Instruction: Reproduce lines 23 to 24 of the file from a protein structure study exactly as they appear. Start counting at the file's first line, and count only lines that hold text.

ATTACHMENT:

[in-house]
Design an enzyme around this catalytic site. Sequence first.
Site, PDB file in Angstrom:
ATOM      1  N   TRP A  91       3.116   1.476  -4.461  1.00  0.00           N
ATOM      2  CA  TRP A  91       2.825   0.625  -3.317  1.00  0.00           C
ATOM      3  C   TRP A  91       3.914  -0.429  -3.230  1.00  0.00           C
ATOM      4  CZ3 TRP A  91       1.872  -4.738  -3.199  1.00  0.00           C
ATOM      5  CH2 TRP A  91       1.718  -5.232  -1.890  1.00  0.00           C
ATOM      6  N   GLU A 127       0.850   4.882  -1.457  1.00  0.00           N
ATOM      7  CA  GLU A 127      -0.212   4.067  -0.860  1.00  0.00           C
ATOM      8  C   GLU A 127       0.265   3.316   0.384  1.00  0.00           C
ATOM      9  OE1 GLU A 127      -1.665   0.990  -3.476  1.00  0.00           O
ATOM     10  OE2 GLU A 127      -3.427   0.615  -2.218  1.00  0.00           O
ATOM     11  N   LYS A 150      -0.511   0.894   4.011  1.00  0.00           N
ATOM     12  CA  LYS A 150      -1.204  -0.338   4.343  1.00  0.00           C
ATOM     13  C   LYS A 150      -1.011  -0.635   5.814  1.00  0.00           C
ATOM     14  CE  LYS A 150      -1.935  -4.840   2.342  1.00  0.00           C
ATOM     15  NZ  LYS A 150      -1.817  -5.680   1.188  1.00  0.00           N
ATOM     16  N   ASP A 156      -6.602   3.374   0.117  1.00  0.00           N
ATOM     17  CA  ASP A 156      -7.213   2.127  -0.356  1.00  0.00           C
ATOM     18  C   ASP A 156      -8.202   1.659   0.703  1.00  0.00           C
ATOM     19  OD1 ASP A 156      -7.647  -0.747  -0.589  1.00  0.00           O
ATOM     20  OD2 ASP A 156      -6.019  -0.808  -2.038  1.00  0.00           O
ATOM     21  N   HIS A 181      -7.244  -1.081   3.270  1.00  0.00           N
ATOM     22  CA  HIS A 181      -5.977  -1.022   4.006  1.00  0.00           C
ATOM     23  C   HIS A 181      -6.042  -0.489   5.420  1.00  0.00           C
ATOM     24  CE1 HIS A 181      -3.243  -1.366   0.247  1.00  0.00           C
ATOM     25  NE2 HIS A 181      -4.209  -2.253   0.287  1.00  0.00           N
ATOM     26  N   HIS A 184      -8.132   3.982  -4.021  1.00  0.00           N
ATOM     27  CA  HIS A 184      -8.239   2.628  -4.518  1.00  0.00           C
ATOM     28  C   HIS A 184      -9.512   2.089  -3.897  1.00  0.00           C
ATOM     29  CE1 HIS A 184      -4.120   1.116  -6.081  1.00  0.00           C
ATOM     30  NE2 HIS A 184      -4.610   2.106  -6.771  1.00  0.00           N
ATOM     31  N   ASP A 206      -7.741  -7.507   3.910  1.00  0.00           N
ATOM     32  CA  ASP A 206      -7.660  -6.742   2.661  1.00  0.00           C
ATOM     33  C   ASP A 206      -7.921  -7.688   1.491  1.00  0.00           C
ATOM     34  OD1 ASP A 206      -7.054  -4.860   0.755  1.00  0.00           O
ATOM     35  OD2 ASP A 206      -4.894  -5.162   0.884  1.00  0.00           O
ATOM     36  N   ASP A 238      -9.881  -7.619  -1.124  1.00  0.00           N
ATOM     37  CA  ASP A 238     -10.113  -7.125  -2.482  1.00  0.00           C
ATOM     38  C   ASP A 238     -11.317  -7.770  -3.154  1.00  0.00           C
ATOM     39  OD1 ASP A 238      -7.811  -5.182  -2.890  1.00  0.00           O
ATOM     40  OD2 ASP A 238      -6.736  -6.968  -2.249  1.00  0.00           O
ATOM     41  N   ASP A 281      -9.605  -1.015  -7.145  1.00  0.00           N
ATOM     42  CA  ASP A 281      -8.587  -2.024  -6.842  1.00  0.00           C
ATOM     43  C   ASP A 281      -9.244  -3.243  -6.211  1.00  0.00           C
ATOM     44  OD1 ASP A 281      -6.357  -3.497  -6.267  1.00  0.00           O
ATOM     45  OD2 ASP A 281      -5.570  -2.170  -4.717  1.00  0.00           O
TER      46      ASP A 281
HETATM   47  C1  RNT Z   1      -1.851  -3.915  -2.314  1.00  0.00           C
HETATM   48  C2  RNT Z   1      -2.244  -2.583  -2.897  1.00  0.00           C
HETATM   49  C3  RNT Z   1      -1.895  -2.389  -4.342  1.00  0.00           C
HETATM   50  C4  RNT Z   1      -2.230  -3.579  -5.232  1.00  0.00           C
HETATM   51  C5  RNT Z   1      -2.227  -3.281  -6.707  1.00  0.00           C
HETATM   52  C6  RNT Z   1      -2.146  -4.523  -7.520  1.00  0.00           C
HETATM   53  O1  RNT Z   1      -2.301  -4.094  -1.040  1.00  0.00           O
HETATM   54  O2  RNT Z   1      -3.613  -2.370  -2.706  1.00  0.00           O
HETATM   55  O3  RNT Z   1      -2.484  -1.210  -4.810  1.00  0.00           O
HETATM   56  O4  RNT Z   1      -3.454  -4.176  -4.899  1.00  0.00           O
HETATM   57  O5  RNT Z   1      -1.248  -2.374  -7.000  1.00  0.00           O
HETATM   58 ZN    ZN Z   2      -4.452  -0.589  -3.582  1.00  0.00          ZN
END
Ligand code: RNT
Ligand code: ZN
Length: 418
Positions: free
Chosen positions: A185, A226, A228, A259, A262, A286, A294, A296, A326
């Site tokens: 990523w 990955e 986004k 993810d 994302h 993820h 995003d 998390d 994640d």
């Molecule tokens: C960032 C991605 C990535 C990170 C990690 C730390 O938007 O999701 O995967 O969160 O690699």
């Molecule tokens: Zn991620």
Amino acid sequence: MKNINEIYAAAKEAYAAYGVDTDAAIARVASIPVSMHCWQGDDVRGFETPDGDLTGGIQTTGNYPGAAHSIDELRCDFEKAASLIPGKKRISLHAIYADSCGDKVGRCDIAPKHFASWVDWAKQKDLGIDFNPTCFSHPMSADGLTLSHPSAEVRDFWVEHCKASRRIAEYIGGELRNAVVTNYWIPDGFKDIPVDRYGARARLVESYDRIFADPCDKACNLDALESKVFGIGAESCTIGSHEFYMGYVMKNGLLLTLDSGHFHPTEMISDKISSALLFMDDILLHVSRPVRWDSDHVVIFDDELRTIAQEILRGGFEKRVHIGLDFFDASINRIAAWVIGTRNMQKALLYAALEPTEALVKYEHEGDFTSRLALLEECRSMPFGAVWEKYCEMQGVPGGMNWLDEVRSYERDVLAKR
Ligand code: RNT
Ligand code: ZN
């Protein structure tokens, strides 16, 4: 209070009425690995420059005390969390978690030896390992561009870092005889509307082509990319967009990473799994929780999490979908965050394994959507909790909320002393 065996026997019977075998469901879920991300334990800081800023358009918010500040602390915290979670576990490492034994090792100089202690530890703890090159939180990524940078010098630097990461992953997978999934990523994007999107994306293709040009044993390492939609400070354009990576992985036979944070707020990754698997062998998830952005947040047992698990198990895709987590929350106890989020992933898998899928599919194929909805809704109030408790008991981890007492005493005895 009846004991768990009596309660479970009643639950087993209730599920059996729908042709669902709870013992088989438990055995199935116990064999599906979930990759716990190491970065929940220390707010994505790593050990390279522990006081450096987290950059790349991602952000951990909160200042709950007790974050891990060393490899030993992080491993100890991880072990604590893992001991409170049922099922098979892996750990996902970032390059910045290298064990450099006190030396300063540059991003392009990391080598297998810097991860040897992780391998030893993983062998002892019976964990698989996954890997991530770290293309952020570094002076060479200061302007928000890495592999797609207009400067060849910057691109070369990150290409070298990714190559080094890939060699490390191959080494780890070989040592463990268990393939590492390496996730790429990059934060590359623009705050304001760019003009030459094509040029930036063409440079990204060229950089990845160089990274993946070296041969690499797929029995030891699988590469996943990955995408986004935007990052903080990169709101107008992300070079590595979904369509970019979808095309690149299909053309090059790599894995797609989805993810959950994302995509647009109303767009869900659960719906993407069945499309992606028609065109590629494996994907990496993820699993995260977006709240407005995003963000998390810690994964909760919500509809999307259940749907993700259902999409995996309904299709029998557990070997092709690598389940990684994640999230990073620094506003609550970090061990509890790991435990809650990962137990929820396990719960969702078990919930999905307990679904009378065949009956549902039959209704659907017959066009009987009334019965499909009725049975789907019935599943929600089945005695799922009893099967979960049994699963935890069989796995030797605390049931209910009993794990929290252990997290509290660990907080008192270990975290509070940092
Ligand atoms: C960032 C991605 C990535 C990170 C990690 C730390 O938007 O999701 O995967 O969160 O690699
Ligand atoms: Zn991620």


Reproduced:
ATOM     20  OD2 ASP A 156      -6.019  -0.808  -2.038  1.00  0.00           O
ATOM     21  N   HIS A 181      -7.244  -1.081   3.270  1.00  0.00           N